Pelvic Pain After Exercise During Pregnancy
Staying active throughout your pregnancy is imperative, as it can help both you and your baby enjoy a much healthier and more pleasant gestation – both from a physical and a psychological point of view.
Nonetheless, not every sport, activity, or workout will be suitable for the specific stage of pregnancy that you are in. Some exercises, in fact, might be potentially harmful, or they might put too much pressure on your pregnant body.
How can you tell, though, if the physical activity that you are performing in pregnancy is suitable or not? Besides speaking with a specialist, it can help to pay attention to how your body feels after exercise.
For example, symptoms such as pelvic pain after working out in pregnancy might be a red flag that the type of workout that you did is not good for you. Our comprehensive guide right here will shed some more light on the all-important topic of pelvic pain after exercise during pregnancy.
Working out in Each Trimester of Pregnancy
Most healthy, low-risk pregnancies can benefit from a regular amount of exercise throughout, although you will need to be a bit more careful during both the first and the third (and last) trimester. In the first trimester, in fact, you are encouraged to take it down a notch and favor gentler, lower-intensity workouts such as walking, stretching, yoga, and Pilates, over your traditional cardio routine.
This is because your body is going through some enormous changes at a very rapid pace, and also because the first trimester is one of the most delicate parts of the entire gestation when it comes to the growth and development of your baby. Similarly, in the first trimester you are also more likely to experience unpleasant symptoms that range from morning sickness to extreme fatigue, which might put a hamper on your energy levels and eagerness to hit the gym.
When you reach the second trimester, things usually start to perk up a little. Your energy comes back, your annoying first-trimester symptoms wane, and your body is more able to sustain a wider range of exercise. You can, for example, incorporate swimming, running, and strength training into your regular exercise regime, but always remember to get clearance from your doctor first.
In the third, and last, trimester, you will need to take it easy: as your body grows more and more and you prepare yourself to welcome your baby, you might find that you prefer to go on a nice, long, daily walk as opposed to jumping in the pool for your weekly swimming session. In these last few weeks, you are also probably experiencing symptoms such as lower back pain, Braxton Hicks contractions, and heartburn, which might not make you feel like exercising at all.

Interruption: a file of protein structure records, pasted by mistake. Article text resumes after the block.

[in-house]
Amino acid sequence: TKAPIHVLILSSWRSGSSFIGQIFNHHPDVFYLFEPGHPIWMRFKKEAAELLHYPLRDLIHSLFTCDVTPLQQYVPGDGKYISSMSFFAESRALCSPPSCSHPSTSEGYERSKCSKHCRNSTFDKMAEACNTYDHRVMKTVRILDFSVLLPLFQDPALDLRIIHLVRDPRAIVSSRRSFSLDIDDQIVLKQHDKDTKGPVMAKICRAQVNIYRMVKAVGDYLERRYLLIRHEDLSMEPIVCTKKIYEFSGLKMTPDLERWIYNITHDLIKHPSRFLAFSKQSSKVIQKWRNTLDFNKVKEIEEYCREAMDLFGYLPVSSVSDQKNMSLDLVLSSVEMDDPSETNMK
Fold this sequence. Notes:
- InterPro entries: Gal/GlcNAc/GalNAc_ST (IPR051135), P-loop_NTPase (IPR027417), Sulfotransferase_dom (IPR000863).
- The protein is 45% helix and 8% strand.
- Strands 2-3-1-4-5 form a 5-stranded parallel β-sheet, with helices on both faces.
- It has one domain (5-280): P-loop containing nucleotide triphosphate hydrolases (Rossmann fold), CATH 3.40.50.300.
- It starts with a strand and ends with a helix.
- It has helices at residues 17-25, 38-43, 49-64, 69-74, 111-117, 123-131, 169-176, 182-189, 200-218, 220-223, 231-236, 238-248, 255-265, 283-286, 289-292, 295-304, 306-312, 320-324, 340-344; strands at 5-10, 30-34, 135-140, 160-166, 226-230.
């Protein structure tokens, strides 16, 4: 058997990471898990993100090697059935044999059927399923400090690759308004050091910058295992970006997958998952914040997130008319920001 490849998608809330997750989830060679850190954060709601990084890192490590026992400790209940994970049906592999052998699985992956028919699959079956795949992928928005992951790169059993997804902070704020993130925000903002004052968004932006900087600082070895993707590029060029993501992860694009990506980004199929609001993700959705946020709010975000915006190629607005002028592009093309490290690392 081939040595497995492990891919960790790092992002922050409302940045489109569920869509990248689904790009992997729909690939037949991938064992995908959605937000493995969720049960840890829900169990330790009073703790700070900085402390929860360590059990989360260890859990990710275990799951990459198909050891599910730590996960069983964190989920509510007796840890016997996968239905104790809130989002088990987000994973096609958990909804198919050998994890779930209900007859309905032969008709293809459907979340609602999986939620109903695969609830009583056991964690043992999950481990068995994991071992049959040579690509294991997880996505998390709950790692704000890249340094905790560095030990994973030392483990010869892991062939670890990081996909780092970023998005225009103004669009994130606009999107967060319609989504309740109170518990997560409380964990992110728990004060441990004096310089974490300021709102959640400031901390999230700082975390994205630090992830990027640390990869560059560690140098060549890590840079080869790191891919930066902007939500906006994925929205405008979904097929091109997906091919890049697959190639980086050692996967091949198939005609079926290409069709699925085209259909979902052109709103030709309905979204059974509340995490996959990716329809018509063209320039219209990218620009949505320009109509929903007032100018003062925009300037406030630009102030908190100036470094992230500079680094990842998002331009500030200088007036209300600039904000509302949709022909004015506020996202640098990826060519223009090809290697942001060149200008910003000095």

Potentially Harmful Exercises
Some exercises might directly contribute to the development of pelvic pain in pregnancy – let’s find out here what these are, and why you should practice them in moderation and with caution.
Standard Core Exercises
During pregnancy, it’s best to ditch your regular core exercises, such as crunches and sit-ups. This is because these movements activate one or two core muscles independently, which can pull on your pubic area and result in pain. Be careful with other core exercises such as the plank, which requires strong pelvic stability.
Did you know that over-stretching is a risk that you might run in pregnancy? Yes, because during the nine months of gestation, your body ups the production of hormones like relaxin and progesterone, which are tasked with helping your muscles and ligaments relax in preparation for birth.
The bottom line? Your body will already be more naturally prone to stretching fully, during pregnancy, which means that you’ll need to pay more attention and exercise more control on your stretches in order to avoid over-extensions and potential pelvic pain.
Deep and Sumo Squats
Squats are generally a great and safe exercise to do in pregnancy, but they do put a fair amount of pressure on your pelvic floor. Try eliminating deep and sumo squats from your routine, especially if you are in pain after them.
Single Leg Movements
Who would have thought that exercises such as split squats, lunges, and even the famous yoga pose “Warrior” might all be responsible for causing pelvic pain during pregnancy? This happens because all of these exercises utilize a one-leg approach, which in turn can place more pressure on your pelvis.
These machines are found in pretty much all gyms, so there is a strong chance that you have been using them at yours before your pregnancy. If you want to keep using them during pregnancy, you’ll need to be very careful.
Adductor machines, in fact, work the adductor muscles, which in turn are connected both to your inner thigh and your pelvis. If you put too much pressure on this area, or if you perform an exercise in a slightly incorrect way, your pelvic floor might suffer.
Explosive Movements and Exercise
Fast, explosive movements are a no-no during pregnancy. This is because such movements are very demanding of your pelvic muscles, and they can end up damaging them irreversibly.
Can Physical Therapy Help?
One way to avoid suffering from pelvic pain after exercise during pregnancy is by following a personalized physical therapy treatment for pelvic pain. Call the friendly and professional team at Lake City PT today, and discover how we can help you make the most of your pregnancy workouts without the frustration of pelvic discomfort.